The first batch of viable mass-market hydrogen-powered cars is set to arrive on roads around the world in 2015 and Toyota is one of the companies leading the charge. Toyota’s hydrogen-powered Mirai model, therefore, is likely to make just as big an impact as its first-generation Prius did – a car that introduced the world to mainstream hybrid cars.
However, it’s not the car itself that is grabbing headlines at the moment, but the Japanese car company’s decision to release nearly 6,000 patents to anyone who wants to use them, in an attempt to speed up the adoption of hydrogen-powered cars. It is expected that these patented technologies will be free to use by car manufacturers, parts suppliers and companies involved with hydrogen production until 2020, reports Yahoo Cars.
Taking a leaf out of electric car manufacturer Tesla’s book, which released a number of its own patents in June, this move could encourage the uptake of fuel cell-powered cars that could prove a much more viable everyday prospect for many car buyers than battery-electric models: Hydrogen fuel cell cars get around the problems of limited driving range and long charging times experienced by electric car owners and offer the possibility of carbon-neutral transport if the hydrogen used to fuel them is sourced using green energy.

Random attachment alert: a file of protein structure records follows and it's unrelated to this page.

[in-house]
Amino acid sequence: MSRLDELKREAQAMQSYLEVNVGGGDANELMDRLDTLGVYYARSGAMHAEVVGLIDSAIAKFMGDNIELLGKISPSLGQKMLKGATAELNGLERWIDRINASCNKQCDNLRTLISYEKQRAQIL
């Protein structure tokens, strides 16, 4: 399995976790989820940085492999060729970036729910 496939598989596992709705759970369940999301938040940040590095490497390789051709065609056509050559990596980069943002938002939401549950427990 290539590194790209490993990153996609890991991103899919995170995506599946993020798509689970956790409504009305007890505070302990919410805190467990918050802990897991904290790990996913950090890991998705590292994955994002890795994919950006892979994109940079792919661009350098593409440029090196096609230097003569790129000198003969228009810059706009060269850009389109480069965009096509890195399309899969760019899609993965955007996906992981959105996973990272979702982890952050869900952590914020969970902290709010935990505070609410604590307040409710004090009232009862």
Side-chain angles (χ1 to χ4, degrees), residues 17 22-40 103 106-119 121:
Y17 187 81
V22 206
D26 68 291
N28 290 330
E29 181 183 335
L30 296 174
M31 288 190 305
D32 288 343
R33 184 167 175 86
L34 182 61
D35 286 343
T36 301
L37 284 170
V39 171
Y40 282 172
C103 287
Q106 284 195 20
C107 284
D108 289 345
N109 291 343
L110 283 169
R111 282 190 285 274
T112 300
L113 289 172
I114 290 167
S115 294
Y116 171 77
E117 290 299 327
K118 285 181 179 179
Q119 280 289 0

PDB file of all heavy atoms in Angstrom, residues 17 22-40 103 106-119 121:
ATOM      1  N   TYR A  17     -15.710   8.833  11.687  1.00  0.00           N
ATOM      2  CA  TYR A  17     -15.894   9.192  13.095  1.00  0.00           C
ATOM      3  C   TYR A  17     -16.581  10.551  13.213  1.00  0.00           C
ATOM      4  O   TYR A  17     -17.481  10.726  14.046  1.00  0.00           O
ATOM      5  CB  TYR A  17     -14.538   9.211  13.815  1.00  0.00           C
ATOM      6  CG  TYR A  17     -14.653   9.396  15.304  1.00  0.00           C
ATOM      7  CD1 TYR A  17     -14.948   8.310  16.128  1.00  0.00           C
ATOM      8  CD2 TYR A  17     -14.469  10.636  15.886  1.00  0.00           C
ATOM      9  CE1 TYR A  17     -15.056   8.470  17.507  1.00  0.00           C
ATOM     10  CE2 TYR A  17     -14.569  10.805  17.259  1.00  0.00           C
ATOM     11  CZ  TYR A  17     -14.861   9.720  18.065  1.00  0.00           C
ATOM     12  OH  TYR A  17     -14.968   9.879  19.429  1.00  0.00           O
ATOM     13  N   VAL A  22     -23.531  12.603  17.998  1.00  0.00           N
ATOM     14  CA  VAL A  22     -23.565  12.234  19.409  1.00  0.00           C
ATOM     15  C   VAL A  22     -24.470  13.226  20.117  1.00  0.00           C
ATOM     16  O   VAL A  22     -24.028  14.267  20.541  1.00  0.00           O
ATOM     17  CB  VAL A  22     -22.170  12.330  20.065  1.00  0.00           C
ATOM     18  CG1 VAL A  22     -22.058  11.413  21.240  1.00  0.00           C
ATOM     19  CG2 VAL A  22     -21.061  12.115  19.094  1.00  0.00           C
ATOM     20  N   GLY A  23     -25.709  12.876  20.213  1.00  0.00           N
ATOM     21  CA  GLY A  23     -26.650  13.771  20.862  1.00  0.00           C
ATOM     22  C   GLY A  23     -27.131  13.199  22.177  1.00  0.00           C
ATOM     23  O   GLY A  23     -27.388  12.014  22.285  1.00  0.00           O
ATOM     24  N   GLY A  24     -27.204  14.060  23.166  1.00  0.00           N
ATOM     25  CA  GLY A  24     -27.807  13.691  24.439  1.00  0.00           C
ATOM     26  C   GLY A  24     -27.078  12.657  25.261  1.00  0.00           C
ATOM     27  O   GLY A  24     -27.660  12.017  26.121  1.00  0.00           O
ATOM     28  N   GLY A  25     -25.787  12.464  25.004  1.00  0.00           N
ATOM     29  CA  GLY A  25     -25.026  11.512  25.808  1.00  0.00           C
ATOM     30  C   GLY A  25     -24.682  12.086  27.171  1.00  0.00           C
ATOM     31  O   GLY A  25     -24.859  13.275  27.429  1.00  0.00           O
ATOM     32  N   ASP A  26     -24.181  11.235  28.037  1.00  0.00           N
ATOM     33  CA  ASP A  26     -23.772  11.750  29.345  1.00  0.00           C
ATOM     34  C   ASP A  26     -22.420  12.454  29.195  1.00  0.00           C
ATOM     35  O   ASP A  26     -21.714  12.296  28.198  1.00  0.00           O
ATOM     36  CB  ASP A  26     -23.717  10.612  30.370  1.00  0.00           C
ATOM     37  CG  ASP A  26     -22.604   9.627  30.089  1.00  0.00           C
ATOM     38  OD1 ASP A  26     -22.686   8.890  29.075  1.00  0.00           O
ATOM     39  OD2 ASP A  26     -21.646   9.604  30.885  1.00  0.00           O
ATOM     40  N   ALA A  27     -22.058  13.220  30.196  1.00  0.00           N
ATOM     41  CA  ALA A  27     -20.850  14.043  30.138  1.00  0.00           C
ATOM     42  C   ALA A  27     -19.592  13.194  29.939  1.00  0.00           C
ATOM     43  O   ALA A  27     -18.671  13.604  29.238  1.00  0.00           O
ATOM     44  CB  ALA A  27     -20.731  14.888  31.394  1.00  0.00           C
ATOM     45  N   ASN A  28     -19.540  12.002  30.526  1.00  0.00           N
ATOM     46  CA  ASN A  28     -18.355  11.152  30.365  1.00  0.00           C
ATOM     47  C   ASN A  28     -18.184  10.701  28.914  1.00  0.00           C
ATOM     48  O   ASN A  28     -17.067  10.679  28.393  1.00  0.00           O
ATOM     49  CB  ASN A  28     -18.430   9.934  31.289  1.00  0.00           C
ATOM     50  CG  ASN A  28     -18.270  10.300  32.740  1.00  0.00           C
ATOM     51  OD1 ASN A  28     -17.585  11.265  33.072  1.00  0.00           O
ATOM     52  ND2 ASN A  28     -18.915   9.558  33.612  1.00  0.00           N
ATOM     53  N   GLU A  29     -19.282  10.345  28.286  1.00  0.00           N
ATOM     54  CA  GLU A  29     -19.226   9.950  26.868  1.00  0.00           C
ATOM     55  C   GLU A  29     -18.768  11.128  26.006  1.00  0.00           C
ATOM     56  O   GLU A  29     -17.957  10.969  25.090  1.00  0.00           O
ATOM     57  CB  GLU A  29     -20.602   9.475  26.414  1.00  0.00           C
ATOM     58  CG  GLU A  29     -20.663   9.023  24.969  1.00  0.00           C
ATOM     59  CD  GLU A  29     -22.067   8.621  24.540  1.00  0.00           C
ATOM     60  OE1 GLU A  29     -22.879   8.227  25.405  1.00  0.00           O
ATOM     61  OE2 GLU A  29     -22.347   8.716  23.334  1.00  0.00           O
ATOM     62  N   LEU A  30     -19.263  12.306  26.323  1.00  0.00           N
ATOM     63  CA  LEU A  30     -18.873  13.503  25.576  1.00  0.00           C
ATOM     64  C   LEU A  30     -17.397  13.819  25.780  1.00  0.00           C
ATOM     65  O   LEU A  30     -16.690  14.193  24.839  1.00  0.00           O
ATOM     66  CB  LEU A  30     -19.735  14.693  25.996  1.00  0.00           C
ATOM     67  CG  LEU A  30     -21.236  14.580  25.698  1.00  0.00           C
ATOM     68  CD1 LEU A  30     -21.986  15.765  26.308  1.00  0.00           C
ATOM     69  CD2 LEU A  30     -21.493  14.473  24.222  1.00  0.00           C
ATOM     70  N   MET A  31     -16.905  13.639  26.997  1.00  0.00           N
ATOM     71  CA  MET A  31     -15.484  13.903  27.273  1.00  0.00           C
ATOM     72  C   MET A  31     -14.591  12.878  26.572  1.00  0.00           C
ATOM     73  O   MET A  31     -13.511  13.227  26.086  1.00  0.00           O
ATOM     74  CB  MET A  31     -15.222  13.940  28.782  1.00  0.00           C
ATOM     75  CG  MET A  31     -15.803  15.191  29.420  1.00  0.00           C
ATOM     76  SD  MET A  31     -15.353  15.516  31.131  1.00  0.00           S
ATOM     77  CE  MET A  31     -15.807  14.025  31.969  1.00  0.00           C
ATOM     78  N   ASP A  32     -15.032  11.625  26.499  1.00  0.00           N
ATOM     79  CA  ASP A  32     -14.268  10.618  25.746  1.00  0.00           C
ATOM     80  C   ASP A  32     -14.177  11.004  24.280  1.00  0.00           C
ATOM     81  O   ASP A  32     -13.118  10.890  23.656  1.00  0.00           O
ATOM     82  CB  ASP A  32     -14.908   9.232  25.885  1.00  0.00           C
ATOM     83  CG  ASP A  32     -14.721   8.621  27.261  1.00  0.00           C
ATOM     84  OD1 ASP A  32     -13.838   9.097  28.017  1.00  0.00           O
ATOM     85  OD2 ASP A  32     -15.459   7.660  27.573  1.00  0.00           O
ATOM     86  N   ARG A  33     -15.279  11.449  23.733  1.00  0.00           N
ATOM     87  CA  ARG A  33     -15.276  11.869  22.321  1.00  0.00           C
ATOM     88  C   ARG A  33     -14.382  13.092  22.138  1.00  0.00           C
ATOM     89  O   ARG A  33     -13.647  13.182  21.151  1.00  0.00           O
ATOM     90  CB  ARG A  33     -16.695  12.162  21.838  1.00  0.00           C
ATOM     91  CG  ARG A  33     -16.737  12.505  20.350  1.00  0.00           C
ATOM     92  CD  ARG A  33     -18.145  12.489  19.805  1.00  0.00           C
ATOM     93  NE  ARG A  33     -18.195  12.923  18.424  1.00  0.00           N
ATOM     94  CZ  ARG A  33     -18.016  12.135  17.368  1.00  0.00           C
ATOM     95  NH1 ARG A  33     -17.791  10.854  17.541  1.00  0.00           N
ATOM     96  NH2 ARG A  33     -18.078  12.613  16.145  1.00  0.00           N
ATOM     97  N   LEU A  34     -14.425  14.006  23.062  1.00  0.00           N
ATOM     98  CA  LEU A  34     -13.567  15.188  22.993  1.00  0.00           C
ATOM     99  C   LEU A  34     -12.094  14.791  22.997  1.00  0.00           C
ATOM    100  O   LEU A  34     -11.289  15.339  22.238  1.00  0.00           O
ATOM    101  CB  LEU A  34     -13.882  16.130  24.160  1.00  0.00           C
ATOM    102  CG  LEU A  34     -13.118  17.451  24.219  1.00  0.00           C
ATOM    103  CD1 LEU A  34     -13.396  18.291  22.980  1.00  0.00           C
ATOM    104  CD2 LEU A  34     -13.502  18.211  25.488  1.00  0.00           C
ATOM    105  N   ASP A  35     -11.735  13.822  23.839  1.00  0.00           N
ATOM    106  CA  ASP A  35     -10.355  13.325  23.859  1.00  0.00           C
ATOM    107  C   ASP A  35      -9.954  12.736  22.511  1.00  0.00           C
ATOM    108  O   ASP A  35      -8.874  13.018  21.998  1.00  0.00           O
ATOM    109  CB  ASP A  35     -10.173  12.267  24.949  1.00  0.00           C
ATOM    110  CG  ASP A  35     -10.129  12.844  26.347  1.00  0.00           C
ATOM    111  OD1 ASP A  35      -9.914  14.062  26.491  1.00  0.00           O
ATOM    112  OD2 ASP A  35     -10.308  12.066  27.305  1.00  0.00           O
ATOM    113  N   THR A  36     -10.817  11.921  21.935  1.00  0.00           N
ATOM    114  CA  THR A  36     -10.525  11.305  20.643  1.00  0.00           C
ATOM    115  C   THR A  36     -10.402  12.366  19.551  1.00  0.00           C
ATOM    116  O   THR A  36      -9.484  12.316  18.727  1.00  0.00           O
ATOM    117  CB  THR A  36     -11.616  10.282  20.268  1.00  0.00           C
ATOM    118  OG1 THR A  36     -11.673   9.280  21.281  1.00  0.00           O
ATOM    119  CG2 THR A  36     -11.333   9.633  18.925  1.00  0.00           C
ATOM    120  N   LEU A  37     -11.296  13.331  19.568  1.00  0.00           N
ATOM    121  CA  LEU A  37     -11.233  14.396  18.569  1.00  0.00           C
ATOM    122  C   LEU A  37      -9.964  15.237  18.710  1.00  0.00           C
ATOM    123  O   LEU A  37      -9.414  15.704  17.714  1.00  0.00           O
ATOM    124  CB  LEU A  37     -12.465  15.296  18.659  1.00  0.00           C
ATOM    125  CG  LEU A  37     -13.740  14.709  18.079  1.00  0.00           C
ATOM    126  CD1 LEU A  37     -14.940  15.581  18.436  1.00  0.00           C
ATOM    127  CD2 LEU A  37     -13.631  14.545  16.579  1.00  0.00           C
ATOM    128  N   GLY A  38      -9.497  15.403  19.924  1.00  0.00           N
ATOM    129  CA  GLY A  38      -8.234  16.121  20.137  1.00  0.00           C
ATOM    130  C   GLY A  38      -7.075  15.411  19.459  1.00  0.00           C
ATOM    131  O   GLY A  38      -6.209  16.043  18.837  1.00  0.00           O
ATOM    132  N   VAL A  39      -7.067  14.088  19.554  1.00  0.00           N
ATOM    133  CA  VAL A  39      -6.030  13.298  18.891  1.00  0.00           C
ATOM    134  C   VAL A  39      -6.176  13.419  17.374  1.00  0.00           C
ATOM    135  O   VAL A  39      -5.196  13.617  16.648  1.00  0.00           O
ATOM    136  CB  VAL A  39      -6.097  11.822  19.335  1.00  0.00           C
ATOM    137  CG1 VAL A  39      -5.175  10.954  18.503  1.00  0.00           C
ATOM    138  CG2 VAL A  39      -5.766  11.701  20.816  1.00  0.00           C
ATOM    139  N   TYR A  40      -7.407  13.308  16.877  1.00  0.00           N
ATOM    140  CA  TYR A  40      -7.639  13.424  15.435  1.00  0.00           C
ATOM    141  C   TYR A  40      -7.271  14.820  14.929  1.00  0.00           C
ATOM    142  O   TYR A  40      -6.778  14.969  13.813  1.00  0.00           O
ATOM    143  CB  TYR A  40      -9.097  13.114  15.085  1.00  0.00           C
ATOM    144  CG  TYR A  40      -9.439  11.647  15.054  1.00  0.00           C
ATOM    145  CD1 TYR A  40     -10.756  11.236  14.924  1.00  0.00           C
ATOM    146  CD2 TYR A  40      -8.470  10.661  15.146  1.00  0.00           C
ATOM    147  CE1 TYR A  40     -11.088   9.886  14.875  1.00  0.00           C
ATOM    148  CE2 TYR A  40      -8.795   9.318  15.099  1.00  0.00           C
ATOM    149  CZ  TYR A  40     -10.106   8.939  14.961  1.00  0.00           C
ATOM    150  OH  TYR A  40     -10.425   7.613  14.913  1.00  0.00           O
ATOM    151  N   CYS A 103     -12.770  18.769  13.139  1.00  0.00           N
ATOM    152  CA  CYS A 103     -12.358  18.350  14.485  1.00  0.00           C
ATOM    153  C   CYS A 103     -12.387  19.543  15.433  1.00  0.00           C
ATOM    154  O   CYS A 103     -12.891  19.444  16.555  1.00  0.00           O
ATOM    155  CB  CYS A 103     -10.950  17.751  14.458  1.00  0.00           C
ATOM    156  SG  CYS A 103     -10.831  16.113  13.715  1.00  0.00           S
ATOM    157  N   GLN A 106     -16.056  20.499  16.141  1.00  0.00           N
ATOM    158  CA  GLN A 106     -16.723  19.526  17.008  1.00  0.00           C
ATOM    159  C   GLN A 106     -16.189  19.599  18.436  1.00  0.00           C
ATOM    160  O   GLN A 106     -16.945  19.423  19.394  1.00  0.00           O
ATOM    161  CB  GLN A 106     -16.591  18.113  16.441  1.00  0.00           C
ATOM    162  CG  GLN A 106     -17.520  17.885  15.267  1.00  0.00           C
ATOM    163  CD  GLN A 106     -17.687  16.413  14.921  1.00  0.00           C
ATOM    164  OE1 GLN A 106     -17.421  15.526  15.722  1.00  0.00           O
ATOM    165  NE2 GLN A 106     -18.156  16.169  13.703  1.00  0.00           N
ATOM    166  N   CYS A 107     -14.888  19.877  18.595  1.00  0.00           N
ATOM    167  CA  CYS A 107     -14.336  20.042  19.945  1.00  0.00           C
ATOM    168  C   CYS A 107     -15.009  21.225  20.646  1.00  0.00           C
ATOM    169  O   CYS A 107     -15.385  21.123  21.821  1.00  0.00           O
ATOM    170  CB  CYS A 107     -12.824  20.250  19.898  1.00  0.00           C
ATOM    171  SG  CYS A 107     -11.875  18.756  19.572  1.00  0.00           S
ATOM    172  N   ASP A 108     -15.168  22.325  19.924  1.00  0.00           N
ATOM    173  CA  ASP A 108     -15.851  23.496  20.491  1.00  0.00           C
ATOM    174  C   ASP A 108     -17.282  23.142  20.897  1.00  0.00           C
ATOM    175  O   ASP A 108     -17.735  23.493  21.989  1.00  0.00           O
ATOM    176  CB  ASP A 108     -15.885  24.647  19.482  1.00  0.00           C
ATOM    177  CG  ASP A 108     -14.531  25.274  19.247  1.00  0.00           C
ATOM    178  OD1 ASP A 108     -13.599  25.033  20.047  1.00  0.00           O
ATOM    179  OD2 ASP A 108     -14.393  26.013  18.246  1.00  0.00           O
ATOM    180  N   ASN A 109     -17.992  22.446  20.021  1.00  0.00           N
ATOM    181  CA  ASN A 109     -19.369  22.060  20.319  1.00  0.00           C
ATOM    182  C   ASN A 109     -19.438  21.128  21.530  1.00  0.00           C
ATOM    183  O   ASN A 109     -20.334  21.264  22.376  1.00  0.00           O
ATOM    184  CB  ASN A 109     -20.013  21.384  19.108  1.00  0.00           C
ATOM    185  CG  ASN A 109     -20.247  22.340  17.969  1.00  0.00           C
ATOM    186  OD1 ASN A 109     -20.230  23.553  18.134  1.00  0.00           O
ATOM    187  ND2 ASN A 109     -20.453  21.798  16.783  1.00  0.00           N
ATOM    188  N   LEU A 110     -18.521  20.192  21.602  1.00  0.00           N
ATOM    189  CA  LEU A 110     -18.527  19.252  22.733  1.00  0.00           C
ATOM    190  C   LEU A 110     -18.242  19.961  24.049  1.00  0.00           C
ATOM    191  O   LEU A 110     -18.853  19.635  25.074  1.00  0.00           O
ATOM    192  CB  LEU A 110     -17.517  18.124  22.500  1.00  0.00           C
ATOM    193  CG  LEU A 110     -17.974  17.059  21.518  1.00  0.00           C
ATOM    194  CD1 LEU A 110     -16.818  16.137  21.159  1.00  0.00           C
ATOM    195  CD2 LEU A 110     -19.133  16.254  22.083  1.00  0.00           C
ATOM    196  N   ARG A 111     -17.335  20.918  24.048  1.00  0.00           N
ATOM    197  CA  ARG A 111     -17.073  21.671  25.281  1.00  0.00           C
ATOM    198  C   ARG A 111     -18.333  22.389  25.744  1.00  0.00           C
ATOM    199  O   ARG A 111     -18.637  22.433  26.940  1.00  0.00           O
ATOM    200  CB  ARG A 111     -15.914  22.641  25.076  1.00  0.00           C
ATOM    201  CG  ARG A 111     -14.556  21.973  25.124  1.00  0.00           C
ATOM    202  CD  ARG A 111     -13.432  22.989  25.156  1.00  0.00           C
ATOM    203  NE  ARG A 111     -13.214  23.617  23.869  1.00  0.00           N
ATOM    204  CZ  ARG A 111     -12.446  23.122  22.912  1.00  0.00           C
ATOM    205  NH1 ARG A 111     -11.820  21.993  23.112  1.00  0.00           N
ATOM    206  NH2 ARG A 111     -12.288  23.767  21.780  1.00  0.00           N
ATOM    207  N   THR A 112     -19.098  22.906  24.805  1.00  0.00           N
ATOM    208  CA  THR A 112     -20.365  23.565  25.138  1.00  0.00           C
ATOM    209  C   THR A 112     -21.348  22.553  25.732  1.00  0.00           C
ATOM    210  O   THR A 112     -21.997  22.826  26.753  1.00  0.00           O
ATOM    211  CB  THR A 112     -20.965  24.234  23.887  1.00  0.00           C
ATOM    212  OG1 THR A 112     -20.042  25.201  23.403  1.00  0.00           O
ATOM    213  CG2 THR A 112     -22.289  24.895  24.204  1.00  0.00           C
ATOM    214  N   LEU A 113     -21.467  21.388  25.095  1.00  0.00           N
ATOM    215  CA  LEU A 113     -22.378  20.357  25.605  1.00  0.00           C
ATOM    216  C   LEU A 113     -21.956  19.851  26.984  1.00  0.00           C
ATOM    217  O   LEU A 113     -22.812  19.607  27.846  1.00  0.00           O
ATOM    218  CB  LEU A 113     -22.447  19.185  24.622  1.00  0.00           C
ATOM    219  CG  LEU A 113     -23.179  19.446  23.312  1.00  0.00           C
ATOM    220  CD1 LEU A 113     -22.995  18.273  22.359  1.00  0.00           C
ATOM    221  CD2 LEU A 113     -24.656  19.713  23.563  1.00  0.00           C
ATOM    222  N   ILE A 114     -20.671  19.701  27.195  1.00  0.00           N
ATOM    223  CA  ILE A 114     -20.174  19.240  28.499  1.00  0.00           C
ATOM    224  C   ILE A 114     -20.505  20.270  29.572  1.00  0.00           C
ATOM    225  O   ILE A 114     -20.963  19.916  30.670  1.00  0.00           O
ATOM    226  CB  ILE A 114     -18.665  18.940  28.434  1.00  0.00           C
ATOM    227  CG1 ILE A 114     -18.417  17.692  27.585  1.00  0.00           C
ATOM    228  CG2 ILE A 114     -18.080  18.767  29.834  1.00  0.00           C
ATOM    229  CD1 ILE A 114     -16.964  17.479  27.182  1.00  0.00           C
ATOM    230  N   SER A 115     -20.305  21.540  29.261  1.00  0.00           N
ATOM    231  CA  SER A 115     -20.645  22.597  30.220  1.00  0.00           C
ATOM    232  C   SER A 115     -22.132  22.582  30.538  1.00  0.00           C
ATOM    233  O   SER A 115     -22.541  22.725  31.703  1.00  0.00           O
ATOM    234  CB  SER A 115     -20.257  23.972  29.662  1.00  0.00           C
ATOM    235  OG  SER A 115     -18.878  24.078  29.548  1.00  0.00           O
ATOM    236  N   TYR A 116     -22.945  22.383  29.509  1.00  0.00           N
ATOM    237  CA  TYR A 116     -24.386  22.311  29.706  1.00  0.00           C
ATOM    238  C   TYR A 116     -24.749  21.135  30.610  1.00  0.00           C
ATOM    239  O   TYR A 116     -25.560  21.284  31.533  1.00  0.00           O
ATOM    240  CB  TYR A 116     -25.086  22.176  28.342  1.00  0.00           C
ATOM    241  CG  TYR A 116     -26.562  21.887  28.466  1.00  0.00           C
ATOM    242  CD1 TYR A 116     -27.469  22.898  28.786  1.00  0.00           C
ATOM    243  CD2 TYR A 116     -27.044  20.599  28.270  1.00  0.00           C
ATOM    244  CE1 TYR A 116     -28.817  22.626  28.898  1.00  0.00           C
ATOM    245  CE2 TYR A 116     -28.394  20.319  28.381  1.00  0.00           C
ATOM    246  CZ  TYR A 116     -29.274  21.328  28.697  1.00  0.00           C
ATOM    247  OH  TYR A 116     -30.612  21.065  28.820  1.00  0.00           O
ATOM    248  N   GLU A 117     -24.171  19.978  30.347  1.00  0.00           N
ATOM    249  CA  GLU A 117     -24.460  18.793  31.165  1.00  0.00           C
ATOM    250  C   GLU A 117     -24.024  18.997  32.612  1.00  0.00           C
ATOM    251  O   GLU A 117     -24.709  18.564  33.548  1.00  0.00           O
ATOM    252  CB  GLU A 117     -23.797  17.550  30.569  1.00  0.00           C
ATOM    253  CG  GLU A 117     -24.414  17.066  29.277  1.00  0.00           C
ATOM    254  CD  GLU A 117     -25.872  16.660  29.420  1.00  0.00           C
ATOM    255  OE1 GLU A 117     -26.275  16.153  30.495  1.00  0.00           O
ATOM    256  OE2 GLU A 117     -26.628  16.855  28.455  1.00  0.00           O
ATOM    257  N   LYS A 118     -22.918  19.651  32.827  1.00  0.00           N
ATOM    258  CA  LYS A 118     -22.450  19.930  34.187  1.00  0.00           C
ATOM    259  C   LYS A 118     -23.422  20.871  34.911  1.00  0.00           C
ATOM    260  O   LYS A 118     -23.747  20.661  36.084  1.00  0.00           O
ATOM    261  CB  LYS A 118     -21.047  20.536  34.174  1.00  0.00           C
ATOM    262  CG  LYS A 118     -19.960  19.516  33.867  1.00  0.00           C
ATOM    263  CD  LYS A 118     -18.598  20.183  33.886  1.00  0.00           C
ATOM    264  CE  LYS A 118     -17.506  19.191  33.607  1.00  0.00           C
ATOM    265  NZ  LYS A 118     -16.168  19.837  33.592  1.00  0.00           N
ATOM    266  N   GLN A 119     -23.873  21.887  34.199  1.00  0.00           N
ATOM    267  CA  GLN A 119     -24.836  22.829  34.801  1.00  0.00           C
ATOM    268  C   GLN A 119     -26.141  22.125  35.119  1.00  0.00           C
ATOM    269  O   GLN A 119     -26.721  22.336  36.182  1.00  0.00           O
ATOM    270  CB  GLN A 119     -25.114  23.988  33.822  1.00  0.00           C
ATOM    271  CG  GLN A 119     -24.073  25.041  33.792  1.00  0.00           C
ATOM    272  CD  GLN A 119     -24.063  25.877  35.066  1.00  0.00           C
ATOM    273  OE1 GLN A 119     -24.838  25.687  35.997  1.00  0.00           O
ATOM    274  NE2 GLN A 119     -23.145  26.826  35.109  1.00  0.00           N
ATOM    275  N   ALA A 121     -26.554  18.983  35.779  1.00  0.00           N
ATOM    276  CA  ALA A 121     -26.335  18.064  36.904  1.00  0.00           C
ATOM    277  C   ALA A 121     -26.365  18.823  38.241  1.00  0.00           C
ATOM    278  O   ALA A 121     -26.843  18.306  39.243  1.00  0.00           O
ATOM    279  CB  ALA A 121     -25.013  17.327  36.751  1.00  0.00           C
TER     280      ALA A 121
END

Of the patented technology made freely available by Toyota to other car makers, 3,350 are related to the fuel cell software and 1,970 concern the fuel cell stacks themselves. Meanwhile, 290 relate to high-pressure hydrogen tanks and 70 revolve around the production of hydrogen itself.
By eliminating traditional corporate boundaries, we can speed the development of new technologies and move into the future of mobility more quickly.
Explaining the rationale for releasing its hard-earned patents, Bob Carter, senior vice president at Toyota’s US automotive division told the Press Association: “We believe that when good ideas are shared, great things can happen.
“The first generation hydrogen fuel cell vehicles, launched between 2015 and 2020, will be critical, requiring a concerted effort and unconventional collaboration between automakers, government regulators, academia and energy providers.
“By eliminating traditional corporate boundaries, we can speed the development of new technologies and move into the future of mobility more quickly, effectively and economically.”
A press release has stated that in exchange for being able to use its patented technology Toyota will “request, but not require” that companies using its patents should share their own patents related to fuel cells too.
January 7, 2015